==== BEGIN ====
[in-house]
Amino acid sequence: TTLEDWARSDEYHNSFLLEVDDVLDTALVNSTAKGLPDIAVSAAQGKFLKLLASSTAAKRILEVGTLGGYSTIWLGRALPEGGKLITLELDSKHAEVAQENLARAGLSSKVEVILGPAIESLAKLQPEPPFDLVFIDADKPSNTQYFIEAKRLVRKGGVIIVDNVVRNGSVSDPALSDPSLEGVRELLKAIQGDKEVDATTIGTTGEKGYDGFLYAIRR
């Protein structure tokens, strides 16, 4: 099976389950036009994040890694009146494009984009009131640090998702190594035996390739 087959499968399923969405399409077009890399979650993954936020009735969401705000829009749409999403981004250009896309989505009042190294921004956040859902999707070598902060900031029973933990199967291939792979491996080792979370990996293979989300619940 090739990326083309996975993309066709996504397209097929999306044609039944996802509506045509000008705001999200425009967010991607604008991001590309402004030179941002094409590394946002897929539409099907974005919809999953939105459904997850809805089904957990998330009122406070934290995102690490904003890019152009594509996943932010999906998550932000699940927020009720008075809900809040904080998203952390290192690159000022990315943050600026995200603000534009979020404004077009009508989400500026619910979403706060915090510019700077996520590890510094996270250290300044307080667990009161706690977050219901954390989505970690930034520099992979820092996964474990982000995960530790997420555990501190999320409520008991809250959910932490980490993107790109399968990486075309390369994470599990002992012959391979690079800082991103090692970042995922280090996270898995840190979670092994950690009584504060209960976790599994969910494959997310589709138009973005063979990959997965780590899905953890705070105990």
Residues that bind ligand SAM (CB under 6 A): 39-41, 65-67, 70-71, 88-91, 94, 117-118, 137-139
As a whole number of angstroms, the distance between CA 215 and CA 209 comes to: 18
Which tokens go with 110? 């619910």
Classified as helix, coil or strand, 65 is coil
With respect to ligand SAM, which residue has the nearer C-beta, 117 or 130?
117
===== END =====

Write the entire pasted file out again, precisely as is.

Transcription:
[in-house]
Amino acid sequence: TTLEDWARSDEYHNSFLLEVDDVLDTALVNSTAKGLPDIAVSAAQGKFLKLLASSTAAKRILEVGTLGGYSTIWLGRALPEGGKLITLELDSKHAEVAQENLARAGLSSKVEVILGPAIESLAKLQPEPPFDLVFIDADKPSNTQYFIEAKRLVRKGGVIIVDNVVRNGSVSDPALSDPSLEGVRELLKAIQGDKEVDATTIGTTGEKGYDGFLYAIRR
């Protein structure tokens, strides 16, 4: 099976389950036009994040890694009146494009984009009131640090998702190594035996390739 087959499968399923969405399409077009890399979650993954936020009735969401705000829009749409999403981004250009896309989505009042190294921004956040859902999707070598902060900031029973933990199967291939792979491996080792979370990996293979989300619940 090739990326083309996975993309066709996504397209097929999306044609039944996802509506045509000008705001999200425009967010991607604008991001590309402004030179941002094409590394946002897929539409099907974005919809999953939105459904997850809805089904957990998330009122406070934290995102690490904003890019152009594509996943932010999906998550932000699940927020009720008075809900809040904080998203952390290192690159000022990315943050600026995200603000534009979020404004077009009508989400500026619910979403706060915090510019700077996520590890510094996270250290300044307080667990009161706690977050219901954390989505970690930034520099992979820092996964474990982000995960530790997420555990501190999320409520008991809250959910932490980490993107790109399968990486075309390369994470599990002992012959391979690079800082991103090692970042995922280090996270898995840190979670092994950690009584504060209960976790599994969910494959997310589709138009973005063979990959997965780590899905953890705070105990």
Residues that bind ligand SAM (CB under 6 A): 39-41, 65-67, 70-71, 88-91, 94, 117-118, 137-139
As a whole number of angstroms, the distance between CA 215 and CA 209 comes to: 18
Which tokens go with 110? 């619910």
Classified as helix, coil or strand, 65 is coil
With respect to ligand SAM, which residue has the nearer C-beta, 117 or 130?
117